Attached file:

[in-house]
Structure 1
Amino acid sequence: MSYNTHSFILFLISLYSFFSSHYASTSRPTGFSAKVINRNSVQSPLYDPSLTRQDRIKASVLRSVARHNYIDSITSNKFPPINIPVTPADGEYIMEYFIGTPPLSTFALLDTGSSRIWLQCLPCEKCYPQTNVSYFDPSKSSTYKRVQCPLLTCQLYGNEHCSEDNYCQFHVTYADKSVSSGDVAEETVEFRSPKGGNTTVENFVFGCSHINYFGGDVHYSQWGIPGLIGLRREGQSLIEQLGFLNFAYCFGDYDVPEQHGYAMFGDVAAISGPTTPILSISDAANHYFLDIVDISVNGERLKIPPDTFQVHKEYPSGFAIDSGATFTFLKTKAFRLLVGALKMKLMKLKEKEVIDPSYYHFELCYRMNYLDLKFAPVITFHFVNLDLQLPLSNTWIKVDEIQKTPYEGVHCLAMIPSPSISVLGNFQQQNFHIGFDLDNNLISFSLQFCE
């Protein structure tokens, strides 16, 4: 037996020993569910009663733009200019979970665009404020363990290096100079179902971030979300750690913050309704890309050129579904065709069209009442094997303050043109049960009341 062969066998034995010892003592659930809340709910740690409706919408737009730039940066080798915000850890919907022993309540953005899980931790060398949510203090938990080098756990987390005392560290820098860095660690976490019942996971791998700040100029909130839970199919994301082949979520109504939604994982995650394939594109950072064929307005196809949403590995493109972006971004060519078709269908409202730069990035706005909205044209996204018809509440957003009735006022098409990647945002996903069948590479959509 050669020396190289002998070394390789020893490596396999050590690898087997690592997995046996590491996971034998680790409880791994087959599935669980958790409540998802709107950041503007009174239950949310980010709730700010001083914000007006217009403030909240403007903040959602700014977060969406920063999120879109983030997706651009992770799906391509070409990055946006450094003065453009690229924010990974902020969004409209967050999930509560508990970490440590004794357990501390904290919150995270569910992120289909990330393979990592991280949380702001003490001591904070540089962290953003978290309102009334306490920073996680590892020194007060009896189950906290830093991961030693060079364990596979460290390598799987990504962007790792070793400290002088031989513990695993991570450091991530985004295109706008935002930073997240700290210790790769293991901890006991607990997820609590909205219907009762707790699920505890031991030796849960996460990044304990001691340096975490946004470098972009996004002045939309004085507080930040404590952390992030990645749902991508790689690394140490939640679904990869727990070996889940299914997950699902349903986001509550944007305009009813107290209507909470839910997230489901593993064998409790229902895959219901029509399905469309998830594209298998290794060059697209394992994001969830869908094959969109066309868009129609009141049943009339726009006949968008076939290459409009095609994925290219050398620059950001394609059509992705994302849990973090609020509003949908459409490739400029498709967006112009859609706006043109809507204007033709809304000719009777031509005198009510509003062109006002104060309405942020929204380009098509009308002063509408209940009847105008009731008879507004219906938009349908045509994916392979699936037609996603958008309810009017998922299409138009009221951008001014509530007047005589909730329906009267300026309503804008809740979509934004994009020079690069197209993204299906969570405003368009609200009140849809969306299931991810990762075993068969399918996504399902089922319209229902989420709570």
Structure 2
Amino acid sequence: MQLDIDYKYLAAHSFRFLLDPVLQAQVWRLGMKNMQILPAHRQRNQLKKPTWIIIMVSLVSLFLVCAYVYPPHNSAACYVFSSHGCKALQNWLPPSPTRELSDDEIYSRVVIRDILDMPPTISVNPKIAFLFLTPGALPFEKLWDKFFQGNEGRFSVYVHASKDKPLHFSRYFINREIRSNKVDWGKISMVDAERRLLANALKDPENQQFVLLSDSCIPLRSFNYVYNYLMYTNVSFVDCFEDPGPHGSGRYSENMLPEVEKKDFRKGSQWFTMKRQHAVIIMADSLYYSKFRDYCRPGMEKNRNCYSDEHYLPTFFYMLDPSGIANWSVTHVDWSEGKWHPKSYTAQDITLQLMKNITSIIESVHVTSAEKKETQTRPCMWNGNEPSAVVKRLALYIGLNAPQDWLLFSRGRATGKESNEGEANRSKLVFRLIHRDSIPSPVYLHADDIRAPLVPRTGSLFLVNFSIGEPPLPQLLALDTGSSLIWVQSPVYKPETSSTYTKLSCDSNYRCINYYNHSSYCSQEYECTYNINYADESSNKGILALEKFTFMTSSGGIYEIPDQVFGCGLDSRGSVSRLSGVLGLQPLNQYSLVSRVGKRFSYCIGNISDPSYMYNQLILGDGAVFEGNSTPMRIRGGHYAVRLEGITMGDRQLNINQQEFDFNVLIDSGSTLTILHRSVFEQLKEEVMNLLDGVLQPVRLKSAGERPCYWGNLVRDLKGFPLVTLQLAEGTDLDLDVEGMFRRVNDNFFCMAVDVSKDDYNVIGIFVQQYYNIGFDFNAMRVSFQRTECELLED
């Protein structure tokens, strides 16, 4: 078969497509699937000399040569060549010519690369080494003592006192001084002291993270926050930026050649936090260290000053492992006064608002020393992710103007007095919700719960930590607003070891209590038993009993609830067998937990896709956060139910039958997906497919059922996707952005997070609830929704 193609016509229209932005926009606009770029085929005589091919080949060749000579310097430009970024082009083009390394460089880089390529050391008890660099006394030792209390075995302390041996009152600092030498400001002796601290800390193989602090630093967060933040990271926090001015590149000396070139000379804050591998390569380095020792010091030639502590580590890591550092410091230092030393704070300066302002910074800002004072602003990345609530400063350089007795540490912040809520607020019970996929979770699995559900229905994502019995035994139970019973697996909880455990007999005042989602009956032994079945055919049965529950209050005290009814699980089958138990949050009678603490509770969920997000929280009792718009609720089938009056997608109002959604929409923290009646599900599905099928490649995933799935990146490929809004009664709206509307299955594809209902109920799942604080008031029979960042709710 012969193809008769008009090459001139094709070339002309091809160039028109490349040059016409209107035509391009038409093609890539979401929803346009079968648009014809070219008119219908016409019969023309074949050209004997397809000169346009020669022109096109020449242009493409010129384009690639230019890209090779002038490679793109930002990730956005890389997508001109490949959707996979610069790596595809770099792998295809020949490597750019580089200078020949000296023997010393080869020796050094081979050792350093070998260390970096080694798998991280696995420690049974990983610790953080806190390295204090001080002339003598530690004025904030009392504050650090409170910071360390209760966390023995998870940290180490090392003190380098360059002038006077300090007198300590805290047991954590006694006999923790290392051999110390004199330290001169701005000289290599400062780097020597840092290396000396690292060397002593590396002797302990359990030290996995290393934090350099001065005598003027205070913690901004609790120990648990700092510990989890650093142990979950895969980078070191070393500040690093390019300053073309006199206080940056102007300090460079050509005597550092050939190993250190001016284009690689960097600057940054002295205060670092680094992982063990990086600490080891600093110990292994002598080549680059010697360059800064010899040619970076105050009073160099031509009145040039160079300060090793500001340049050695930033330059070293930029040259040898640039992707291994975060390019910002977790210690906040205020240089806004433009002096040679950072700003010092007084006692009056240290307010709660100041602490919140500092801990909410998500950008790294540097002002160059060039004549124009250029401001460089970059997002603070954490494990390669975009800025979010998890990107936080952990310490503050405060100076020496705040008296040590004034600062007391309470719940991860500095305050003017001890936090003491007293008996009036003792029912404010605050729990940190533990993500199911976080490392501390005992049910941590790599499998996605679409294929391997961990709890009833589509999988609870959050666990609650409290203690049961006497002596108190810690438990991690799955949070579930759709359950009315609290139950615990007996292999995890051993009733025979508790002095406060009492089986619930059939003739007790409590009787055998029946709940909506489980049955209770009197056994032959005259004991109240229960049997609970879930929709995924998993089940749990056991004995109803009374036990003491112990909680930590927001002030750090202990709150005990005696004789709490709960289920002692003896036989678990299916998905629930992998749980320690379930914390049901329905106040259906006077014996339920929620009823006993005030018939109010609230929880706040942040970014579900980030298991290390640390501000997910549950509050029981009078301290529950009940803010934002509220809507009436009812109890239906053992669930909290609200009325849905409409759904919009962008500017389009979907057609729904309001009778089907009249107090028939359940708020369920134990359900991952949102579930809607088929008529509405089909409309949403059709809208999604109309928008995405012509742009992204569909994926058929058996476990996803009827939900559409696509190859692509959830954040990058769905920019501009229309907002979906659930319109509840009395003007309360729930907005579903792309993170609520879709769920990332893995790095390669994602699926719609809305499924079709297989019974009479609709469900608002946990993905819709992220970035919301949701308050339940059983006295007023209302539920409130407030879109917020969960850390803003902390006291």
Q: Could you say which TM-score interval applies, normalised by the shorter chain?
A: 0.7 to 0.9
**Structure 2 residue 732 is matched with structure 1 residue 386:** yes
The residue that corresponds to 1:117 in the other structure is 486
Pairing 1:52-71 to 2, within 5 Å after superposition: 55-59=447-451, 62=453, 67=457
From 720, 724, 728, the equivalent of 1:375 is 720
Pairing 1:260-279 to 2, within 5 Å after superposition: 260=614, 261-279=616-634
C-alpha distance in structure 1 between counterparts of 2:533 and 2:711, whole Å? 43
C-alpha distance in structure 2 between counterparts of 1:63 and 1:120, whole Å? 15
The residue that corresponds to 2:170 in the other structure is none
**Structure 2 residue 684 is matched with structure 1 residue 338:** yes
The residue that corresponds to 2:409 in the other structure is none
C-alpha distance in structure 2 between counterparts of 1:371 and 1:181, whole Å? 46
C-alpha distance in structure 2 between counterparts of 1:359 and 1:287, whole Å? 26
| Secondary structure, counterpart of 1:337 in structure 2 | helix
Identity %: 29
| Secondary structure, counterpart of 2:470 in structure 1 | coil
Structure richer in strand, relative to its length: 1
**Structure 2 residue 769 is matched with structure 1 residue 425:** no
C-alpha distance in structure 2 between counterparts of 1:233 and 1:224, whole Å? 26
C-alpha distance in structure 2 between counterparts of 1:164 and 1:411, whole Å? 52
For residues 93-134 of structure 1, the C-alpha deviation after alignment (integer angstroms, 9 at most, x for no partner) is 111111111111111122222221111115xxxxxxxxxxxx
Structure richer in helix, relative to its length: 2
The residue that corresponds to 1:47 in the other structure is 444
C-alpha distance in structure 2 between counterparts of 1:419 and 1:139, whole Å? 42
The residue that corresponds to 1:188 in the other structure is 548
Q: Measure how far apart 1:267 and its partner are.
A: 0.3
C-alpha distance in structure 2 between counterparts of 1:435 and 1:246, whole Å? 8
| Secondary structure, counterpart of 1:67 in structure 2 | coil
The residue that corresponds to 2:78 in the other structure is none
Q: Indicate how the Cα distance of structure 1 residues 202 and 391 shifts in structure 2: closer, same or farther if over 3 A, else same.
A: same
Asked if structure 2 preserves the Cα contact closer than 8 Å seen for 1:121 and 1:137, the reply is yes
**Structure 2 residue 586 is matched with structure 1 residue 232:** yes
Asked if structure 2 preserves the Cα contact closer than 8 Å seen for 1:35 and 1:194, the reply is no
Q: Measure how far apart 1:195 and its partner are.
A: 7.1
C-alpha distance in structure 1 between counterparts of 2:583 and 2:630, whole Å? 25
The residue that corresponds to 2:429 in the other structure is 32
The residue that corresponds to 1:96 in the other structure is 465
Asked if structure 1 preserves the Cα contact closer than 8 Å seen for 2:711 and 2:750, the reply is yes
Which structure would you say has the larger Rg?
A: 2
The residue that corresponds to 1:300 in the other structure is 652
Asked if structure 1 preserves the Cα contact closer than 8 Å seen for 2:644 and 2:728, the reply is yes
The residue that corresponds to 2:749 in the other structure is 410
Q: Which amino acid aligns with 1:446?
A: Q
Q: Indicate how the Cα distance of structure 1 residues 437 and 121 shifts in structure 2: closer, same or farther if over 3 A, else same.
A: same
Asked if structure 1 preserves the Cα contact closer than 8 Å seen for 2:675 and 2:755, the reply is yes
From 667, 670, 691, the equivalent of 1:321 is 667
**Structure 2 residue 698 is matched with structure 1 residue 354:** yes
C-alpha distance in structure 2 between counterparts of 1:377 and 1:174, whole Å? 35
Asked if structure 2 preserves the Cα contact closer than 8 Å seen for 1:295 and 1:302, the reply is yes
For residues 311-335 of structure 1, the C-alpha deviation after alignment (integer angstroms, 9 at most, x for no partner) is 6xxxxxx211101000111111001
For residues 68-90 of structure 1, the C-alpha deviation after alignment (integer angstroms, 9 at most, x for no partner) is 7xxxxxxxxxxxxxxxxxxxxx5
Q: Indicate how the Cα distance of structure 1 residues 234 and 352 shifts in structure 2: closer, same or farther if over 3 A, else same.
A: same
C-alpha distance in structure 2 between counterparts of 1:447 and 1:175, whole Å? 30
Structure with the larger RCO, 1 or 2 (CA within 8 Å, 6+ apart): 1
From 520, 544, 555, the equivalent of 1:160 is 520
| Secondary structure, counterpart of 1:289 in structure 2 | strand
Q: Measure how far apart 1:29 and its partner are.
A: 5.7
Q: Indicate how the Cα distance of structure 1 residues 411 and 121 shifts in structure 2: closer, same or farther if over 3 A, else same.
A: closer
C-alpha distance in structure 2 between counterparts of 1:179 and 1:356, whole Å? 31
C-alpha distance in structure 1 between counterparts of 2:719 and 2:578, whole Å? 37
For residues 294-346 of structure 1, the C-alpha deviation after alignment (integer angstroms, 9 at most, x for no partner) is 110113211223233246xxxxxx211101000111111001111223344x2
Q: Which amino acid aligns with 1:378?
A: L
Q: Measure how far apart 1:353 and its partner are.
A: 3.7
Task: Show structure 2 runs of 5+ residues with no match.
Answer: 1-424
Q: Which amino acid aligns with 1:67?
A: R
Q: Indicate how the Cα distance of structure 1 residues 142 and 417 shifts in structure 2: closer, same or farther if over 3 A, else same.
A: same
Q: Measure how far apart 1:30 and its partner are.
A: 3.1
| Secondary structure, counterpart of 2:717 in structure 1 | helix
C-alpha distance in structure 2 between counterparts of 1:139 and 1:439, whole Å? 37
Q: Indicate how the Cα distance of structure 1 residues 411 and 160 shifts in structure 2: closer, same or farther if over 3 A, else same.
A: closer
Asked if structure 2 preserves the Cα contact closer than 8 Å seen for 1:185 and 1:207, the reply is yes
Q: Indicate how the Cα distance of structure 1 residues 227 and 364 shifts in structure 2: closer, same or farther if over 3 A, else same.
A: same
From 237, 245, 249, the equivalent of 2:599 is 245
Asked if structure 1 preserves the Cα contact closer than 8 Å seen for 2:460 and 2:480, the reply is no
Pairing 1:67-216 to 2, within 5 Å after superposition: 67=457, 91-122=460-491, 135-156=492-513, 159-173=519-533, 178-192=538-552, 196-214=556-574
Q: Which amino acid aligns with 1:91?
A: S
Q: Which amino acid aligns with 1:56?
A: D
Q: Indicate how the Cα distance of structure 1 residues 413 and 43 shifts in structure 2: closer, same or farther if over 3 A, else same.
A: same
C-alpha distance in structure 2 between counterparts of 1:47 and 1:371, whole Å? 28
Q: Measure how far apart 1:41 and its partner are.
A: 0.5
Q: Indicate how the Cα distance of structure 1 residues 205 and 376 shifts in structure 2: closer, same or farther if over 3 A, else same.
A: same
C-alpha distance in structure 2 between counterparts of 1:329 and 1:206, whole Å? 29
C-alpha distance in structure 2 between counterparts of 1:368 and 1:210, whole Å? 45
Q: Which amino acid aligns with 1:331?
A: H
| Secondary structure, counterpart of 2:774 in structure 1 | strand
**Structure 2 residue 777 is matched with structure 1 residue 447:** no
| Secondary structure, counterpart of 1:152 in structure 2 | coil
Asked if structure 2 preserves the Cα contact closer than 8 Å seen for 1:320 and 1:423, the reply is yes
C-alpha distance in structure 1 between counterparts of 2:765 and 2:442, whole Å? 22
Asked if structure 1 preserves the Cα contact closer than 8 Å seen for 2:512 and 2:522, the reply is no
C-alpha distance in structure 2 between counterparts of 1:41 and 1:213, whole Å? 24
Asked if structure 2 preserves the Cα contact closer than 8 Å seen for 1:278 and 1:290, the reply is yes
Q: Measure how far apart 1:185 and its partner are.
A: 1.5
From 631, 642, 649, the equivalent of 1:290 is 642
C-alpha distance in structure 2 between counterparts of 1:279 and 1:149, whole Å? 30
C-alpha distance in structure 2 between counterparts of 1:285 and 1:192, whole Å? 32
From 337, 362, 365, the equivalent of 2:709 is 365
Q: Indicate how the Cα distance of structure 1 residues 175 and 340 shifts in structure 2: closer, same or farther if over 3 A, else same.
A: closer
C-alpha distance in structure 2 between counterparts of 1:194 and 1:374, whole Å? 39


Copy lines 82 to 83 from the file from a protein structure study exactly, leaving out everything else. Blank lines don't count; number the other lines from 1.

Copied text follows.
A: 3.7
Task: Show structure 2 runs of 5+ residues with no match.